Earnings

Adidas shares hit record high after profits beat expectations

CNBC.com with Reuters
Key Points
  • Adidas reported a 17% rise in first-quarter net profit.
  • Sales growth slowed due to supply chain issues in North America and a decline in Europe.
  • CEO Kasper Rorsted expects the European business to return to growth in the fourth quarter.
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Adidas reported a 17% rise in first-quarter net profit on Friday, even as sales growth slowed as it suffered from supply chain issues in the North American market it had already flagged, as well as a decline in Europe.

First-quarter sales rose by a currency-adjusted 4% to 5.883 billion euros ($6.57 billion), while attributable net profit came in at 632 million, beating analyst consensus for 5.8 billion and 567 million respectively.

Adidas warned in March that it expects supply chain issues to curb sales growth in the first half of the year, particularly in North America, where it has doubled its business in the last three years to take market share from bigger rival Nike.

Adidas shares climbed 7% Friday morning as markets reacted to the results. Reuters reported that the share price had also hit its all-time high.

CEO Kasper Rorsted told CNBC's "Squawk Box Europe" that investors should get used to "high single digit growth rates" and the 4% growth rate is a "temporary position."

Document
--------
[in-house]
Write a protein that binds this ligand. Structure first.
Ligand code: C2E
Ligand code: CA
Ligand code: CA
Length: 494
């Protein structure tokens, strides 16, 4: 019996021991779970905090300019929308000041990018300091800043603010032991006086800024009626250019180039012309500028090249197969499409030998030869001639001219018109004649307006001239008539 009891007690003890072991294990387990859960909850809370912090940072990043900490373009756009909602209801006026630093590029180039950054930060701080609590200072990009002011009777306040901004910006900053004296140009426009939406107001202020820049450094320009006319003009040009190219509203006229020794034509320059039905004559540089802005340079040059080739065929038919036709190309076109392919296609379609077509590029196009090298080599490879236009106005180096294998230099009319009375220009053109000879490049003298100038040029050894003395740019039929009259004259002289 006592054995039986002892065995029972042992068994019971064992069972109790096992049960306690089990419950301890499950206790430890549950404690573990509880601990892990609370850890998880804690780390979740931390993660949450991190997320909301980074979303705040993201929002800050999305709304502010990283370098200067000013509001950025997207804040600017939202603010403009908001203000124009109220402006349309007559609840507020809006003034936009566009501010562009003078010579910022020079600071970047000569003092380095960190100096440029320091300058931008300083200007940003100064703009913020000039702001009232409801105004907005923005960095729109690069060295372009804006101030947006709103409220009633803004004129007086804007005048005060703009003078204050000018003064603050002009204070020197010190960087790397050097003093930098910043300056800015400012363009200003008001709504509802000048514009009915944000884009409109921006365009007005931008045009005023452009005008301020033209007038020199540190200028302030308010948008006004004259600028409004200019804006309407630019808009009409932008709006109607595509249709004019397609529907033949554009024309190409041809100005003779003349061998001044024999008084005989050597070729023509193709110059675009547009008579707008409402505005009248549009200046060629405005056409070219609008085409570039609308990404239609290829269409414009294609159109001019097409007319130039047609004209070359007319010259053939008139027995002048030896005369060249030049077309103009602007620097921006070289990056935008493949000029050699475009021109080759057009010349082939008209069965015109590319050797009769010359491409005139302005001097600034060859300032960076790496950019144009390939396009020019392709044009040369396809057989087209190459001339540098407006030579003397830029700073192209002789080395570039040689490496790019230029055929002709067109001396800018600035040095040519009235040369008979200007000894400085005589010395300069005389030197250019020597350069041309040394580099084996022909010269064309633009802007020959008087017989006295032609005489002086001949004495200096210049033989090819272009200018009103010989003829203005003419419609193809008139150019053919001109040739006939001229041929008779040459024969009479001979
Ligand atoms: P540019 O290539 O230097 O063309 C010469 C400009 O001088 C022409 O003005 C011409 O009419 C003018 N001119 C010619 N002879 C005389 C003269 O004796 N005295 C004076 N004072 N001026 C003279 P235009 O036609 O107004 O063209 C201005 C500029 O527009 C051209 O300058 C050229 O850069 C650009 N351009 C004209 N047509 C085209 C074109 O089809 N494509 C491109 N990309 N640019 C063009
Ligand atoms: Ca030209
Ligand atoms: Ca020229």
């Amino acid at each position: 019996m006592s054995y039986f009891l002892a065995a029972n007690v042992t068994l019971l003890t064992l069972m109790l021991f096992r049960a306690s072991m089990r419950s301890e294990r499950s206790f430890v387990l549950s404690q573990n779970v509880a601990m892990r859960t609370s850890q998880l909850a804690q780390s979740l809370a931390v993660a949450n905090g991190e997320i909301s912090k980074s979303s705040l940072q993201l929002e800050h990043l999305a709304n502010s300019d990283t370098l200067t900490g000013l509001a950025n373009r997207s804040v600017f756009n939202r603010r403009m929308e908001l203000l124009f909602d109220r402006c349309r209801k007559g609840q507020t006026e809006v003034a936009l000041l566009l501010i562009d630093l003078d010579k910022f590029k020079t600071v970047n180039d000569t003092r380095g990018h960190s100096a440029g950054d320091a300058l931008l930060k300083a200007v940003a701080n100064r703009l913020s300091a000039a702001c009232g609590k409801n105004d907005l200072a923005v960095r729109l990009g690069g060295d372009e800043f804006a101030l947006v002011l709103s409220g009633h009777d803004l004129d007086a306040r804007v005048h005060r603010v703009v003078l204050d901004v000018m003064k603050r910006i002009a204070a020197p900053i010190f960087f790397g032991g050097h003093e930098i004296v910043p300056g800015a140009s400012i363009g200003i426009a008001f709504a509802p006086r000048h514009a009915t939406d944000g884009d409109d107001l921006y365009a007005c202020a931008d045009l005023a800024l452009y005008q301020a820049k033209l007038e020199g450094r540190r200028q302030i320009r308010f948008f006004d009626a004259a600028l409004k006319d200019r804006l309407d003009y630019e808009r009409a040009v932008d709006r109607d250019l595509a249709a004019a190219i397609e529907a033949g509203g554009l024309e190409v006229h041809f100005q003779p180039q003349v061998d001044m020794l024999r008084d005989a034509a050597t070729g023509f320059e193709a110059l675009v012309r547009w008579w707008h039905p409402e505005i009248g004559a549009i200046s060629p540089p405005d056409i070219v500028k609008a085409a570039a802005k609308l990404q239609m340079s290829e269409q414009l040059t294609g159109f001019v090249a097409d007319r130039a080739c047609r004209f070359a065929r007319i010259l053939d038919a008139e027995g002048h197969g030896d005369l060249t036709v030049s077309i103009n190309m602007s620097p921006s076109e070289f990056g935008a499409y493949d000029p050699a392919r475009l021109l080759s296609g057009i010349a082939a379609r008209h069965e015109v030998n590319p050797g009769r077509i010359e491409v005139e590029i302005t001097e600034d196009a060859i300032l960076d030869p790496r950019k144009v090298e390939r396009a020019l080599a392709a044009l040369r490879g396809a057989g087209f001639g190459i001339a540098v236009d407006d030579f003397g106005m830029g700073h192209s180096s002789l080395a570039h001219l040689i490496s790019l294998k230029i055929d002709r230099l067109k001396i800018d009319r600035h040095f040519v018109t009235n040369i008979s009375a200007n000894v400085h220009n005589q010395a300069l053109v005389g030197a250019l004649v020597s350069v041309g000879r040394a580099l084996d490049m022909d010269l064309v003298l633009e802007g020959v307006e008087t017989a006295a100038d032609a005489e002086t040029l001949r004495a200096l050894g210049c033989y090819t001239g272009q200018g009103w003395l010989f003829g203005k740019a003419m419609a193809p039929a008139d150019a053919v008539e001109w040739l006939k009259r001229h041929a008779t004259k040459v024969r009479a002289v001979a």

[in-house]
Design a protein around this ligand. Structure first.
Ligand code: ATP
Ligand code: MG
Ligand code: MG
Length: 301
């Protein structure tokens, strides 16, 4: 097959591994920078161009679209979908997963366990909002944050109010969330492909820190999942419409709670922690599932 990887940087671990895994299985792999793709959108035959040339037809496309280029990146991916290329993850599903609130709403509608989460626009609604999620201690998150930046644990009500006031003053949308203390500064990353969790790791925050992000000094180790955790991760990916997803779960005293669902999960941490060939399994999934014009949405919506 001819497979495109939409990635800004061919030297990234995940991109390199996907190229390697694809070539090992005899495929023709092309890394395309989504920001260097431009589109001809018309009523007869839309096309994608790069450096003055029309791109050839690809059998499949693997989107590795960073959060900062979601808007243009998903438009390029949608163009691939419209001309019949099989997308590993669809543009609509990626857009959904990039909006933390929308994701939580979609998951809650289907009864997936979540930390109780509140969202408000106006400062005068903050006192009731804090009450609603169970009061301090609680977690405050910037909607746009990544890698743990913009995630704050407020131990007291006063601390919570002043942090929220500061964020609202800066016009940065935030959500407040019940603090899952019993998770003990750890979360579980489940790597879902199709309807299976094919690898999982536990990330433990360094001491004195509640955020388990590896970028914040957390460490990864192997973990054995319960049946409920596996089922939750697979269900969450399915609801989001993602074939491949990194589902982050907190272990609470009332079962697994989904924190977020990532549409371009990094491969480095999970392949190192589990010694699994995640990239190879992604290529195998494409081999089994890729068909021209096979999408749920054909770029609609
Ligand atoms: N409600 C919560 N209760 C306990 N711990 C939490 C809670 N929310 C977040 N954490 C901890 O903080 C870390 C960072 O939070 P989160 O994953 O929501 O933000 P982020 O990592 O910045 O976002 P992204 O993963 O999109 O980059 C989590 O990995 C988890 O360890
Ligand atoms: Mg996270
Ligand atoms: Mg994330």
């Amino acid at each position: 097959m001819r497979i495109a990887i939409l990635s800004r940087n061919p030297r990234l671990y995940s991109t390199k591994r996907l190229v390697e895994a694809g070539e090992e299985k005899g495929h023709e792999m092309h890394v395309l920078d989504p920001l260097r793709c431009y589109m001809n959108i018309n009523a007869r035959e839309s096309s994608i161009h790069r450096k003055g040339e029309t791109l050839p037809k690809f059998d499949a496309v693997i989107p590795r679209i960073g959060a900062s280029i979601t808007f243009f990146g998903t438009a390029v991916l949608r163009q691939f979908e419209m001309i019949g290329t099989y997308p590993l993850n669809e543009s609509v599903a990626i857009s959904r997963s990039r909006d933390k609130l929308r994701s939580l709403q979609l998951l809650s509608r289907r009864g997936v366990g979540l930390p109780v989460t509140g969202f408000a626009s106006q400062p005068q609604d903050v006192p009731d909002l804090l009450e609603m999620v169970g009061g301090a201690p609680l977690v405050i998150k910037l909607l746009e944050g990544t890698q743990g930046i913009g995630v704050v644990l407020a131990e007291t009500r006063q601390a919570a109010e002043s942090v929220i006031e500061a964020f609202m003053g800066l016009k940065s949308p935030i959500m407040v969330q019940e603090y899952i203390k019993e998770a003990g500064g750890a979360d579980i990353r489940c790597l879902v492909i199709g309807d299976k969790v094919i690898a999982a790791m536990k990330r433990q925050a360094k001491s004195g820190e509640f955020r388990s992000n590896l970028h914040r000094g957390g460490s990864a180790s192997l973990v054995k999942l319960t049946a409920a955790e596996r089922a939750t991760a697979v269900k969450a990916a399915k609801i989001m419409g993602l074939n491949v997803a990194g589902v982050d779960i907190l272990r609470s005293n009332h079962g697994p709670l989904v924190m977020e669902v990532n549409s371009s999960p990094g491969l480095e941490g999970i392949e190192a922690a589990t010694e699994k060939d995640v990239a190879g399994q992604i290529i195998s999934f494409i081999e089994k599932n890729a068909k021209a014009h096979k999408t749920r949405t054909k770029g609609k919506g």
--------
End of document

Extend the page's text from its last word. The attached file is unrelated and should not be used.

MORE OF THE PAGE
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"The challenge we have right now is we can't really supply the market," he said.

"We're in a situation where the demand is higher than the supply. We should have managed that better but still, a better situation to be in than the reverse where the supply is bigger than the demand," he added.

Rorsted attributed slower growth in Europe to the brand being "over-reliant" on its leisure business, a situation he promised will turn around.

"Europe being a third of our business has to contribute to our growth," he said.

"We will see Europe revert to growth at the end of the year, so we are going to go one or two quarters more with negative or flat growth in Europe, and then of course Europe has to get back to growth."